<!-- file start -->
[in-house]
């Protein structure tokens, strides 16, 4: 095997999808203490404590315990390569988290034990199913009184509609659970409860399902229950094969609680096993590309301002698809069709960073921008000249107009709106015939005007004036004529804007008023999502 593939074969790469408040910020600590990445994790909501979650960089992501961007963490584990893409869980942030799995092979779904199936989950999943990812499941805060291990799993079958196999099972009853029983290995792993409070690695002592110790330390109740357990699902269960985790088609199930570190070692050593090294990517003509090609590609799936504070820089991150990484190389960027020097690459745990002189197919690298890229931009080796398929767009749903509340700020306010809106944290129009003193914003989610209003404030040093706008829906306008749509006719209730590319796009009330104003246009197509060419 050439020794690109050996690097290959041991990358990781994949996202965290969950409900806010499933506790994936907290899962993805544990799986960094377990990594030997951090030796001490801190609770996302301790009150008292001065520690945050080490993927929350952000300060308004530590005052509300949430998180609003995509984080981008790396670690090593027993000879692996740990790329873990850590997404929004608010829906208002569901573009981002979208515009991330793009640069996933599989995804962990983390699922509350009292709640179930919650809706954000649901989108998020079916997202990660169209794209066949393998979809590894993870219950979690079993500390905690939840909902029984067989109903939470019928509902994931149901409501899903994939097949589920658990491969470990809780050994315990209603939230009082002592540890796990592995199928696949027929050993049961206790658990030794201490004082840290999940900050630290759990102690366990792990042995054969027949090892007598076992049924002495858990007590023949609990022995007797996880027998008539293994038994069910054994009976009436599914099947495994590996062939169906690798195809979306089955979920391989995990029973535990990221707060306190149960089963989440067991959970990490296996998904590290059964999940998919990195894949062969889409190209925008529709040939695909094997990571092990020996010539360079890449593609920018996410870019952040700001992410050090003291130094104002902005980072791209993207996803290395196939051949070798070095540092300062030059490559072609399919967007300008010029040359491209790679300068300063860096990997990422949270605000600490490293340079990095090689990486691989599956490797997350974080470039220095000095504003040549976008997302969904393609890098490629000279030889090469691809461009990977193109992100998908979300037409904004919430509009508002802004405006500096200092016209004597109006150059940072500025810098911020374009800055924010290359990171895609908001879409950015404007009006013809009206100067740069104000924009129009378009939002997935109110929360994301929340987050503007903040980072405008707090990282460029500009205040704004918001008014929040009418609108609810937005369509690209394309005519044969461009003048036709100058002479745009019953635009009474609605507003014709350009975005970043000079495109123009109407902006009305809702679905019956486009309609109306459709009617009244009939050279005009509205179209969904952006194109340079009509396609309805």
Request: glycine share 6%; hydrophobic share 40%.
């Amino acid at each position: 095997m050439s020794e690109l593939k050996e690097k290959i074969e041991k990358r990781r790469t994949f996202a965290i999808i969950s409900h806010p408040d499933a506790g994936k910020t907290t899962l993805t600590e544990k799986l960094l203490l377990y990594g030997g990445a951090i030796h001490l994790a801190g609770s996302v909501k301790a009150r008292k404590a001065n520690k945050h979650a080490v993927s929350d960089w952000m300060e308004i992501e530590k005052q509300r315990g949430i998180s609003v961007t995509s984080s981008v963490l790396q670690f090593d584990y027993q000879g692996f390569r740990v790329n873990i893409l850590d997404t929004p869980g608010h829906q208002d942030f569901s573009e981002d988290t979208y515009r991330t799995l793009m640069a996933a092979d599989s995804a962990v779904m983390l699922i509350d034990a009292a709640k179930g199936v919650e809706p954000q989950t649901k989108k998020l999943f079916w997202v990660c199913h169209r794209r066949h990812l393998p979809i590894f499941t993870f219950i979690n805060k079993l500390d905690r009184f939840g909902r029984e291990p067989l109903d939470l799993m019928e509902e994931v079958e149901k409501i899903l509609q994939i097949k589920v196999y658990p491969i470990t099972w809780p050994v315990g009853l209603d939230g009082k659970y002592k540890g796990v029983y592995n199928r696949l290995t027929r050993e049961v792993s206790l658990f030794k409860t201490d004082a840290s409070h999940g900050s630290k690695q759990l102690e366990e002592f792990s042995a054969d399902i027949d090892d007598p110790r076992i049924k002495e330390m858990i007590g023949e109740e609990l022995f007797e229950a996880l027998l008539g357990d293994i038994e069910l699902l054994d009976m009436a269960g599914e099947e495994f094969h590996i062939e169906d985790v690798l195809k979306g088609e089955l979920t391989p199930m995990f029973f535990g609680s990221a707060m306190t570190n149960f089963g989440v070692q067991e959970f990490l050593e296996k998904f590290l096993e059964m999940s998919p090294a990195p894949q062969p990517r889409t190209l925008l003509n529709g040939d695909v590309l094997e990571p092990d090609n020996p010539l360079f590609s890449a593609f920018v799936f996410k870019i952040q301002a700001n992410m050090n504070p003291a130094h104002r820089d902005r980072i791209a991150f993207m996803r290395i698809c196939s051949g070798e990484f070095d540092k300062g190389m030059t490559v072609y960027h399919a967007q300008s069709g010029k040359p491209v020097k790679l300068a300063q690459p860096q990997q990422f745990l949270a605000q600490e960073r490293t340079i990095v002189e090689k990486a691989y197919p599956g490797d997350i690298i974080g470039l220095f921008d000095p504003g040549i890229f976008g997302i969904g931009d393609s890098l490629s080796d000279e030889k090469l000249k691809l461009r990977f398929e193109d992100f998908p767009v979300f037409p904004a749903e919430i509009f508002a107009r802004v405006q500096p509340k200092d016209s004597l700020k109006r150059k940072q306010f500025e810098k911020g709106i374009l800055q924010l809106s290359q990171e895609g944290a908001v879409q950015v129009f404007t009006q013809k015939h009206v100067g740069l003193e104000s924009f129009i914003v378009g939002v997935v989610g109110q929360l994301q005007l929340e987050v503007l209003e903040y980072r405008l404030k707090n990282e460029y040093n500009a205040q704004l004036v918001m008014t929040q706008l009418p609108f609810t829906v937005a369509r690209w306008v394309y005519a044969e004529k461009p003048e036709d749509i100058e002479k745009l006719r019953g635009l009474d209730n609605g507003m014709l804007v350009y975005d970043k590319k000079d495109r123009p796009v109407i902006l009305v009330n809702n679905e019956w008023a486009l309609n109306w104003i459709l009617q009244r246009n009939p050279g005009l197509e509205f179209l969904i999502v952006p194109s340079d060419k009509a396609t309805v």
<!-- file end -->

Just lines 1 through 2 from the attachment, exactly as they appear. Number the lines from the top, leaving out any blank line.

[in-house]
């Protein structure tokens, strides 16, 4: 095997999808203490404590315990390569988290034990199913009184509609659970409860399902229950094969609680096993590309301002698809069709960073921008000249107009709106015939005007004036004529804007008023999502 593939074969790469408040910020600590990445994790909501979650960089992501961007963490584990893409869980942030799995092979779904199936989950999943990812499941805060291990799993079958196999099972009853029983290995792993409070690695002592110790330390109740357990699902269960985790088609199930570190070692050593090294990517003509090609590609799936504070820089991150990484190389960027020097690459745990002189197919690298890229931009080796398929767009749903509340700020306010809106944290129009003193914003989610209003404030040093706008829906306008749509006719209730590319796009009330104003246009197509060419 050439020794690109050996690097290959041991990358990781994949996202965290969950409900806010499933506790994936907290899962993805544990799986960094377990990594030997951090030796001490801190609770996302301790009150008292001065520690945050080490993927929350952000300060308004530590005052509300949430998180609003995509984080981008790396670690090593027993000879692996740990790329873990850590997404929004608010829906208002569901573009981002979208515009991330793009640069996933599989995804962990983390699922509350009292709640179930919650809706954000649901989108998020079916997202990660169209794209066949393998979809590894993870219950979690079993500390905690939840909902029984067989109903939470019928509902994931149901409501899903994939097949589920658990491969470990809780050994315990209603939230009082002592540890796990592995199928696949027929050993049961206790658990030794201490004082840290999940900050630290759990102690366990792990042995054969027949090892007598076992049924002495858990007590023949609990022995007797996880027998008539293994038994069910054994009976009436599914099947495994590996062939169906690798195809979306089955979920391989995990029973535990990221707060306190149960089963989440067991959970990490296996998904590290059964999940998919990195894949062969889409190209925008529709040939695909094997990571092990020996010539360079890449593609920018996410870019952040700001992410050090003291130094104002902005980072791209993207996803290395196939051949070798070095540092300062030059490559072609399919967007300008010029040359491209790679300068300063860096990997990422949270605000600490490293340079990095090689990486691989599956490797997350974080470039220095000095504003040549976008997302969904393609890098490629000279030889090469691809461009990977193109992100998908979300037409904004919430509009508002802004405006500096200092016209004597109006150059940072500025810098911020374009800055924010290359990171895609908001879409950015404007009006013809009206100067740069104000924009129009378009939002997935109110929360994301929340987050503007903040980072405008707090990282460029500009205040704004918001008014929040009418609108609810937005369509690209394309005519044969461009003048036709100058002479745009019953635009009474609605507003014709350009975005970043000079495109123009109407902006009305809702679905019956486009309609109306459709009617009244009939050279005009509205179209969904952006194109340079009509396609309805």